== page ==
Irene is a right pain in the gluteus maximus. She is in Bollywood-type love with a teenager called Nelson (Felipe Londoño), who is involved with other teenage punks who are up to no good. Things get worse when drug dealers rape Irene, and to survive the trauma, she gets hooked on oxycodone. If that isn’t enough, she also gets pregnant and declares she wants to have the baby.

Entrevias in Madrid is a bit like Lyari in Karachi. Crime everywhere and the corrupt cops weak against the drug lords. To add more seasoning, there is another character pivotal to the plot and till the very end, it is difficult to understand whether he is a protagonist or not as he seems to be working on both sides of the law. This is a senior cop named Ezequiel played flawlessly by Luis Zahera.

Tirso and Ezequiel mostly antagonise each other on the crime-fighting track where Tirso finds Ezequiel dubious and untrustworthy. However, their best and most explosive chemistry is as archrivals in regard to Gladys, Nelson’s Columbian mother, who brings a bit of romance in Tristo’s wry life. The only thing unsexy about Gladys, played by Cuban actress Laura Ramos, is her name.

Ezequiel loves Gladys, and proposes to her a million times, but she is too busy struggling with her life as a cleaner, her delinquent son, and her cranky neighbour Tirso, who her heart skips a beat for.

There is seething chemistry between Tirso and Gladys as they slowly progress in their weirdest relationship from hating each other’s face, to not speaking to and banging doors at each other or fighting verbal battles, most of which comes from Tirso’s side, even when Gladys softens down.

The plot is taut and the lines are human, dramatic, quirky, funny and crisp, especially for Tirso, and you cannot LOL at his cynical approach towards everyone, evident from his carefully chosen caustic words to express his disgust and anger at almost everything he confronts.

Apart from the unlimited violence, suspense, action, and a fantastic pulsatile pace that keep you hooked, the series has a fabulous sound track with a variety of the most beautiful and intense music and songs such as Salsa En La Calle by Norbert Galouo & Jose Ortegon Tovar & Pana Black, Se Me Olvido Que Me Querias by Loreley, Mi Vida Cambio by Bengochea, Malito by Nano, Carros y Neones by Hensy Black, Dropyi, Mueka & Dariel, Santana by Dukus and many more, cleverly placed to accentuate the drama at various points in the series.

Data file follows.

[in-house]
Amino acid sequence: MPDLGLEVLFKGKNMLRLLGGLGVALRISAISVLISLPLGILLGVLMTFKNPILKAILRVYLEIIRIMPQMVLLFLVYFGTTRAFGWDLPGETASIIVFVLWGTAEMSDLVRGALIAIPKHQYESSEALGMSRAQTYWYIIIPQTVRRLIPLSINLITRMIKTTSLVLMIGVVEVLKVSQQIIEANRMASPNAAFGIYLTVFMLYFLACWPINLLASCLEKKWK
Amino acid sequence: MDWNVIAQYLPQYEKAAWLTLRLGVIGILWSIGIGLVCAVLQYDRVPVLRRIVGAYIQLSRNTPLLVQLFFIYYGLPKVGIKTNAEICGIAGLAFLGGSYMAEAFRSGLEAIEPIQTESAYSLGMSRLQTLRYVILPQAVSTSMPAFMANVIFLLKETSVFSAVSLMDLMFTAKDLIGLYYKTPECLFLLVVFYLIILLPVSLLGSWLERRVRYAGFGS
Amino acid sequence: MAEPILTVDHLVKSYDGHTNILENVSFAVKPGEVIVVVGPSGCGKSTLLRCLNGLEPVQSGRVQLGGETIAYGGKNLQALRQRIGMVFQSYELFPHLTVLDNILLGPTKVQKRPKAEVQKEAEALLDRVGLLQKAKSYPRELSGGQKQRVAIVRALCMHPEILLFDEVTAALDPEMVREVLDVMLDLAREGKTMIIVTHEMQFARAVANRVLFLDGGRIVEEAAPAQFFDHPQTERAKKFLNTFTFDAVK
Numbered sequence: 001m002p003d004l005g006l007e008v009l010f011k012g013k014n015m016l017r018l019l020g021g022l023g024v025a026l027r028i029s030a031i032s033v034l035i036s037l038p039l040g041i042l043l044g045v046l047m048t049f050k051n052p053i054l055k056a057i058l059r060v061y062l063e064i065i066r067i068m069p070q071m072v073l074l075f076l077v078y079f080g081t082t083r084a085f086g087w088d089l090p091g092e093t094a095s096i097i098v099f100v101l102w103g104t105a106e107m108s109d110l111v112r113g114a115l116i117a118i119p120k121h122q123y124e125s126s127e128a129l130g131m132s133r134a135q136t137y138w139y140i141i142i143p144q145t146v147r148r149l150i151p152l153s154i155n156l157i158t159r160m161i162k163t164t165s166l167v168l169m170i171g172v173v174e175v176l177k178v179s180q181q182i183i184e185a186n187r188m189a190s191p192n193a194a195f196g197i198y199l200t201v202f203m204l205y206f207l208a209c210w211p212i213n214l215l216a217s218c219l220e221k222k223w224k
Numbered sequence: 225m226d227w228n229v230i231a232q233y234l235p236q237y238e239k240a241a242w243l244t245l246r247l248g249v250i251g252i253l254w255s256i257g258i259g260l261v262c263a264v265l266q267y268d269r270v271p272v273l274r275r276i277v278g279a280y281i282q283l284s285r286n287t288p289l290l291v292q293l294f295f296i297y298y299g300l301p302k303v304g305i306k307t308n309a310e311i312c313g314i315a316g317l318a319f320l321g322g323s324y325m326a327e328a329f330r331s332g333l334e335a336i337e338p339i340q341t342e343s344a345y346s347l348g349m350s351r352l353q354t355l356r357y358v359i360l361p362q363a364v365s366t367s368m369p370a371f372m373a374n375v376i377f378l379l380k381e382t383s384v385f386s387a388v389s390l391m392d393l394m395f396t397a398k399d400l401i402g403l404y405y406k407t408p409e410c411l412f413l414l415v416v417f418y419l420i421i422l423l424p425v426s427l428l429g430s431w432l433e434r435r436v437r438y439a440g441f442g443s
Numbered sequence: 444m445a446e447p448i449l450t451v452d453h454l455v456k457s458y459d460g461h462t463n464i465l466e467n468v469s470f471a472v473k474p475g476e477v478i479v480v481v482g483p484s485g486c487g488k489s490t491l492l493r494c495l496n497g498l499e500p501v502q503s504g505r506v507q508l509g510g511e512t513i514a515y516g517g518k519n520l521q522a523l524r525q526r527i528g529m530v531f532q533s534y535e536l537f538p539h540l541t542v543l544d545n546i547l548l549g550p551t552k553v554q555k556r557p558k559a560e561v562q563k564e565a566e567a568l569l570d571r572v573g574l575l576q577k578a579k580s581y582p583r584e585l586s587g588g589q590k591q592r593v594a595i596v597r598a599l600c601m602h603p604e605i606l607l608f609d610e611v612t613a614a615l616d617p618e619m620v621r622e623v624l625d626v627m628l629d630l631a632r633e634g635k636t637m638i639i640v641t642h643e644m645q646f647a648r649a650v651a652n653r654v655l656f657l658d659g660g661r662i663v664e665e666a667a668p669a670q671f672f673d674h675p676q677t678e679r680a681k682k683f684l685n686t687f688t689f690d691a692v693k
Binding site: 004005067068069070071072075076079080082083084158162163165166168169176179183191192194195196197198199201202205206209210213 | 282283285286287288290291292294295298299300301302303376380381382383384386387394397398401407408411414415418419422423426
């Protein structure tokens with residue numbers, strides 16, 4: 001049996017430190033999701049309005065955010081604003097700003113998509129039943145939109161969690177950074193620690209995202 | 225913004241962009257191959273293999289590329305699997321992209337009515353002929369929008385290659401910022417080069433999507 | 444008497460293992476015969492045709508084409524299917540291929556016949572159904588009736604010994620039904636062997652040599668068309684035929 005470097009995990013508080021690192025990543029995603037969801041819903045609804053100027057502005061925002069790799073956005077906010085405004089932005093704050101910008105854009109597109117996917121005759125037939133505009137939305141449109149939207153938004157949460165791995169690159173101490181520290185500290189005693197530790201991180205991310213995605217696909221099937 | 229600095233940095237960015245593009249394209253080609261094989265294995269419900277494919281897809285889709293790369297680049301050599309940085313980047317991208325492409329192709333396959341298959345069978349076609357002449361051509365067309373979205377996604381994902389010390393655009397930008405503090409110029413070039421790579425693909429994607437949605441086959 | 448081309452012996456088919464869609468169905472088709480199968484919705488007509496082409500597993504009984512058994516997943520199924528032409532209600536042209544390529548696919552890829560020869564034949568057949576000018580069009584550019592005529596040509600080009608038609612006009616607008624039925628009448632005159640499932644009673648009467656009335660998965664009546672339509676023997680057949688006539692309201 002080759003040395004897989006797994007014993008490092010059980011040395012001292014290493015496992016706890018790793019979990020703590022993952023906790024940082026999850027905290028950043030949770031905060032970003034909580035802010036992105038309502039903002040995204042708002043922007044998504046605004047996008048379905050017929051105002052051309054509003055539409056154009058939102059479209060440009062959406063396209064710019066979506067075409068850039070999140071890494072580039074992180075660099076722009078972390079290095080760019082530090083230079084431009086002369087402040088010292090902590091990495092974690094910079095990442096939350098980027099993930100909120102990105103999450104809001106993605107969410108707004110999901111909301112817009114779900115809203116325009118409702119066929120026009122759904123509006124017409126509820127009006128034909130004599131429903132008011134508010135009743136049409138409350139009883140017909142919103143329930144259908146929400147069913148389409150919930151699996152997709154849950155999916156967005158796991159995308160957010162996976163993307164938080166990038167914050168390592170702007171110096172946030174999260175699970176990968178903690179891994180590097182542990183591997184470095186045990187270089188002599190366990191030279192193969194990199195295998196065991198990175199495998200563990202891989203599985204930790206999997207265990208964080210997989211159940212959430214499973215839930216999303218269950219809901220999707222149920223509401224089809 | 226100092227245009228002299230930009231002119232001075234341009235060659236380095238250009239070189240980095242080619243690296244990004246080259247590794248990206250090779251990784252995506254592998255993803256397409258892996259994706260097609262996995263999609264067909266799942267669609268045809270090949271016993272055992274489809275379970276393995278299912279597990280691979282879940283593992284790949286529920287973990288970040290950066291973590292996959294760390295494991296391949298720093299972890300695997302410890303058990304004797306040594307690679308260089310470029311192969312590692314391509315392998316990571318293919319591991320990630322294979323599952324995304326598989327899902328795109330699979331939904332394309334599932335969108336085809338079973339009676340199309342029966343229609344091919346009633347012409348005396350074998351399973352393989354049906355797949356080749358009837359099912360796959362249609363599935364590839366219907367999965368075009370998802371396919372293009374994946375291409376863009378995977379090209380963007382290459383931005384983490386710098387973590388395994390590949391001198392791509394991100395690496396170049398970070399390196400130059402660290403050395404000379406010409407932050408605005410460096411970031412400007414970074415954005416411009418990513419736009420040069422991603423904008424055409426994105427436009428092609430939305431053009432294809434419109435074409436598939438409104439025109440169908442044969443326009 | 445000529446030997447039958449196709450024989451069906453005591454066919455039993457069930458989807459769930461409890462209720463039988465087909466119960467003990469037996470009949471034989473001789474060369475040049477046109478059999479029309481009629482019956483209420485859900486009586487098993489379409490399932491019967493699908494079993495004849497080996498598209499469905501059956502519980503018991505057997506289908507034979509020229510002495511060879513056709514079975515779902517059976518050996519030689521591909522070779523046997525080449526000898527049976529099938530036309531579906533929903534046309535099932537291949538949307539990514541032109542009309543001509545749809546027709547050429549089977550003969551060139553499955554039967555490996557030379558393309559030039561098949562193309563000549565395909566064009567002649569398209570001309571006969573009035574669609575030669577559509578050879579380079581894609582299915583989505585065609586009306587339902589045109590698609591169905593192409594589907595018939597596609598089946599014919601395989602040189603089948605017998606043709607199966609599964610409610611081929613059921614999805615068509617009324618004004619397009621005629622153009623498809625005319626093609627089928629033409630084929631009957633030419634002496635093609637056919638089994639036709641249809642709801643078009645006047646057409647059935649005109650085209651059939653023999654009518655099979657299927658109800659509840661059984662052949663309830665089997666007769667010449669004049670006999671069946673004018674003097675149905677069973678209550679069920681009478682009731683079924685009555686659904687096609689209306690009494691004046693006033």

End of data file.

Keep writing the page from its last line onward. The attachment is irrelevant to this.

Created by David Bermejo, who previously gave the hit series Unauthorised Living, also with both Coronado and Zahera, whom he then plucked for Wrong Side of The Tracks. Bermejo tightly packs each episode so that it is happening and hypnotic despite the long run times. You won’t feel that the first episode is 80 minutes long!

The pulpy subject of the series has multiple layers, from the drug world to the police circuit, the characters swarming from the street, and the Abantos family which Tirso heads, with gritty and frail relationships. These characters are genuine and appear strangely familiar because of relatable situations and nuances.

The series does spend a lot of time focusing on the love-hate relationship between Tirso Abantos and his granddaughter. It is intriguing, yet touching to see how the grouchy war vet warms up to her, sacrifices a great deal for her, and even risks his life for her. Irene also transforms from a spoilt, bratty, troublesome teenager to a young woman who begins to see life for all its hard realities. “You can have all the popcorn, you like, but this is not a film in the theatre, this is real life,” says Tirso Abantos to Irene.

More than anything other feature of the series, it is Tirso’s battle against the crime and drug infestation in his neighbourhood that is very relatable. Not that I am going to run out with a little gun tomorrow to take care of my problems or that of my neighbourhood in Karachi. But I can understand how Tirso feels that he belongs to Entrevias, and he doesn’t like the way it is deteriorating at the hands of people who have vested interest. I live in a city where I born in and I have seen it at its prime. Then followed the decades where the decay set in and my city has changed, in only few ways for the better, but in many more ways, it has become worse. Every government promises progress, and then breaks the promises. All I see around me is corruption, neglect, crime, a confused society and strange people moving like robots to make a living, however crooked or twisted that may be. I totally comprehend where Tirso’s anger comes from.

In 2022, Mediaset España, the co-producing company and its free-to-air Spanish television channel Telecinco, decided to roll out season 1 and 2 of Wrong Side of the Tracks in a row. It was a humongous success. In May 2022, the finale was aired which drew an audience of near 1.9 million viewers in prime time. Netflix has recently added the third season, the first episode of which was pre-screened at the Cádiz-based South International Series Festival in October 2023. The fourth will be the final season, keyed up until then.